My one complaint with U2 ... for a very long time ... was the lack of what they've done here in this film. Something close and personal. Something intimate and revealing - outside of a song. Something that explains, from them, what the hell we've all been engaged in, headlong, for so damn long.

There are a group of people on this planet that whenever they hear the word U2, they cringe. It's hard to get around or dismiss these people and for someone like me who is a serious fan, it's hard to understand why and difficult to grasp how all that happened. If you watch this documentary ... and pay close attention ... all becomes clear.

The film opens with a narration from Bono, interspersed with snippets from Edge, Larry and Adam as well as moments from everyone else close to the center of this universe. Brian Eno, Paul McGuinness, Anton Corbijn. It picks up - exactly - where the last real documentary footage they remastered and released left off. Most that read this likely bought the remastered releases which included The Unforgettable Fire and had their experience of making that album at Slane Castle in the eighties.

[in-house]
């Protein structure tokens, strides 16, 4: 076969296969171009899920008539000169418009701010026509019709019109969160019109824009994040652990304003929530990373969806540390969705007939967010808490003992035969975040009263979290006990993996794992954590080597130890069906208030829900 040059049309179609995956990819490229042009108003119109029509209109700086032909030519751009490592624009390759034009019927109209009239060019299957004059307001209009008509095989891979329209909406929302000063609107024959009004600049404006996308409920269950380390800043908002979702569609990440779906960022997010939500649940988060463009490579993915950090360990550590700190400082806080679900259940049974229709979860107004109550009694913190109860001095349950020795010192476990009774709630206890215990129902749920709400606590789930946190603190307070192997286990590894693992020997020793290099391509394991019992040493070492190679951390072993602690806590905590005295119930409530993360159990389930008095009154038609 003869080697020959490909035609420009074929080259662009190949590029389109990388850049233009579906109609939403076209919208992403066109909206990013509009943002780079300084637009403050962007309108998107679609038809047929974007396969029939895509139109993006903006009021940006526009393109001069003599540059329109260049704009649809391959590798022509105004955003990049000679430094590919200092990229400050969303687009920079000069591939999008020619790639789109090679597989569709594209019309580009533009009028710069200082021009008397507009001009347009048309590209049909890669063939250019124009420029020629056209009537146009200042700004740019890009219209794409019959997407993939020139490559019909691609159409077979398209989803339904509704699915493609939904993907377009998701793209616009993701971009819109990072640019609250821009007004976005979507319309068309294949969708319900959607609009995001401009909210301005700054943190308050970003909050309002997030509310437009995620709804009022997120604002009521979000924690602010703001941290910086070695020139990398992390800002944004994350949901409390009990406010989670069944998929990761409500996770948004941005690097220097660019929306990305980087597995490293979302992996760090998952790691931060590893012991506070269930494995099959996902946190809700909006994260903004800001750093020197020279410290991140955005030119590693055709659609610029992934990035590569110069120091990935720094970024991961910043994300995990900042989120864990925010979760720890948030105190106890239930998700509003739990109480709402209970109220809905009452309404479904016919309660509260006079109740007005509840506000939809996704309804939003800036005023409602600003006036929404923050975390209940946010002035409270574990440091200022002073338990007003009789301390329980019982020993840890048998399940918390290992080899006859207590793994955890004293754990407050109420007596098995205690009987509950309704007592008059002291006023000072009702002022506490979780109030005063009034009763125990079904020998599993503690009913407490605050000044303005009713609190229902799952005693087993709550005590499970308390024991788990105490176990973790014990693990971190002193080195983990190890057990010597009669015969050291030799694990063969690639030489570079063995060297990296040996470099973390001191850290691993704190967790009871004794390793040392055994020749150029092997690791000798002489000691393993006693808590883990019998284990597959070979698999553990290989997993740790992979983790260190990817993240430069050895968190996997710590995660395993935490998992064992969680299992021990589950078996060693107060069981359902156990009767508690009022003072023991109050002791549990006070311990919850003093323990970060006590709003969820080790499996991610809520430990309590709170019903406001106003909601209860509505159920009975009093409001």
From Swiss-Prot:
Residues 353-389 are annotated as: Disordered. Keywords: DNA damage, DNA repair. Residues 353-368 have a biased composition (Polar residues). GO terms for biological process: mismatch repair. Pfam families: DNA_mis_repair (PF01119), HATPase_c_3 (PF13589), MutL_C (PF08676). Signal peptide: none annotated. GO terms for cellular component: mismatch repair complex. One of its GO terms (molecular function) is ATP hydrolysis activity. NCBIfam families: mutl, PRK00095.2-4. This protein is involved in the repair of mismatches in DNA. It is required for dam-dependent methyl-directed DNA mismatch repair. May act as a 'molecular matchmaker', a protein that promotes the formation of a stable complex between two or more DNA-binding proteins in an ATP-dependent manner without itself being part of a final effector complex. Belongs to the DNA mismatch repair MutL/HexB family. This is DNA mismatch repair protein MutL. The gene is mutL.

The first revelation: They struggled with putting on big shows, being consistent and worrying that they didn't have enough material to keep it going.

Wow. I have a lot of the concert recordings of them through the eighties and I never once thought that at all. Your fears are truly your own, no matter who you are. That's probably revelation number two, but that was mine, for me, maybe not a universal one.

The conversation steers towards Rattle & Hum and it's sad to hear all the reflections on it. Honestly.